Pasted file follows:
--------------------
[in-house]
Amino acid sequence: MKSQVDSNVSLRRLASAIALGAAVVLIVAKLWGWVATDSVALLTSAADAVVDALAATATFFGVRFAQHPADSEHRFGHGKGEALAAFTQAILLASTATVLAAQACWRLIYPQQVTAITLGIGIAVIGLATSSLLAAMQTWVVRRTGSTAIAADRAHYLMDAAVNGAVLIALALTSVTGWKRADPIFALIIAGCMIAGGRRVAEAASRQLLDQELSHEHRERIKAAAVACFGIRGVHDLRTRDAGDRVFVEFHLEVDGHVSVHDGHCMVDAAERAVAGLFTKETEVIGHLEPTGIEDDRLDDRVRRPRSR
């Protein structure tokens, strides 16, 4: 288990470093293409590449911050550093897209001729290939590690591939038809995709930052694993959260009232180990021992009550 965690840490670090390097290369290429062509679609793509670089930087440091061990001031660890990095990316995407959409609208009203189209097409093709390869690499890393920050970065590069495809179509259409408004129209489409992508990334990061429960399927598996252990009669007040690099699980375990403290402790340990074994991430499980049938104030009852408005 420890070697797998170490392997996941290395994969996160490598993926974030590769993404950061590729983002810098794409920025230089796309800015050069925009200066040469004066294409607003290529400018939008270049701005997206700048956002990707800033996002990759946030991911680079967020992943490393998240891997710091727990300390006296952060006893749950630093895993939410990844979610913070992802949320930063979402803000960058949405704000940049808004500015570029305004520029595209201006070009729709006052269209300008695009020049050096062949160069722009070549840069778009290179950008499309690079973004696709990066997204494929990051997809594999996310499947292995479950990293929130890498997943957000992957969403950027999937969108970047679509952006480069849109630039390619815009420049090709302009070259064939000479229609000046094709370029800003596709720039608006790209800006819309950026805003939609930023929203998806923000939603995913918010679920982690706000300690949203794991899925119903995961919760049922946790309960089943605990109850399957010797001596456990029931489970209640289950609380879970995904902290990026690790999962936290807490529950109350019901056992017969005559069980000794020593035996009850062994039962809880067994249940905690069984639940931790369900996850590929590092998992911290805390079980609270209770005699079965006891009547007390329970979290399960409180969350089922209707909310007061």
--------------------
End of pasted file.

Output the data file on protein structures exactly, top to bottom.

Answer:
[in-house]
Amino acid sequence: MKSQVDSNVSLRRLASAIALGAAVVLIVAKLWGWVATDSVALLTSAADAVVDALAATATFFGVRFAQHPADSEHRFGHGKGEALAAFTQAILLASTATVLAAQACWRLIYPQQVTAITLGIGIAVIGLATSSLLAAMQTWVVRRTGSTAIAADRAHYLMDAAVNGAVLIALALTSVTGWKRADPIFALIIAGCMIAGGRRVAEAASRQLLDQELSHEHRERIKAAAVACFGIRGVHDLRTRDAGDRVFVEFHLEVDGHVSVHDGHCMVDAAERAVAGLFTKETEVIGHLEPTGIEDDRLDDRVRRPRSR
């Protein structure tokens, strides 16, 4: 288990470093293409590449911050550093897209001729290939590690591939038809995709930052694993959260009232180990021992009550 965690840490670090390097290369290429062509679609793509670089930087440091061990001031660890990095990316995407959409609208009203189209097409093709390869690499890393920050970065590069495809179509259409408004129209489409992508990334990061429960399927598996252990009669007040690099699980375990403290402790340990074994991430499980049938104030009852408005 420890070697797998170490392997996941290395994969996160490598993926974030590769993404950061590729983002810098794409920025230089796309800015050069925009200066040469004066294409607003290529400018939008270049701005997206700048956002990707800033996002990759946030991911680079967020992943490393998240891997710091727990300390006296952060006893749950630093895993939410990844979610913070992802949320930063979402803000960058949405704000940049808004500015570029305004520029595209201006070009729709006052269209300008695009020049050096062949160069722009070549840069778009290179950008499309690079973004696709990066997204494929990051997809594999996310499947292995479950990293929130890498997943957000992957969403950027999937969108970047679509952006480069849109630039390619815009420049090709302009070259064939000479229609000046094709370029800003596709720039608006790209800006819309950026805003939609930023929203998806923000939603995913918010679920982690706000300690949203794991899925119903995961919760049922946790309960089943605990109850399957010797001596456990029931489970209640289950609380879970995904902290990026690790999962936290807490529950109350019901056992017969005559069980000794020593035996009850062994039962809880067994249940905690069984639940931790369900996850590929590092998992911290805390079980609270209770005699079965006891009547007390329970979290399960409180969350089922209707909310007061």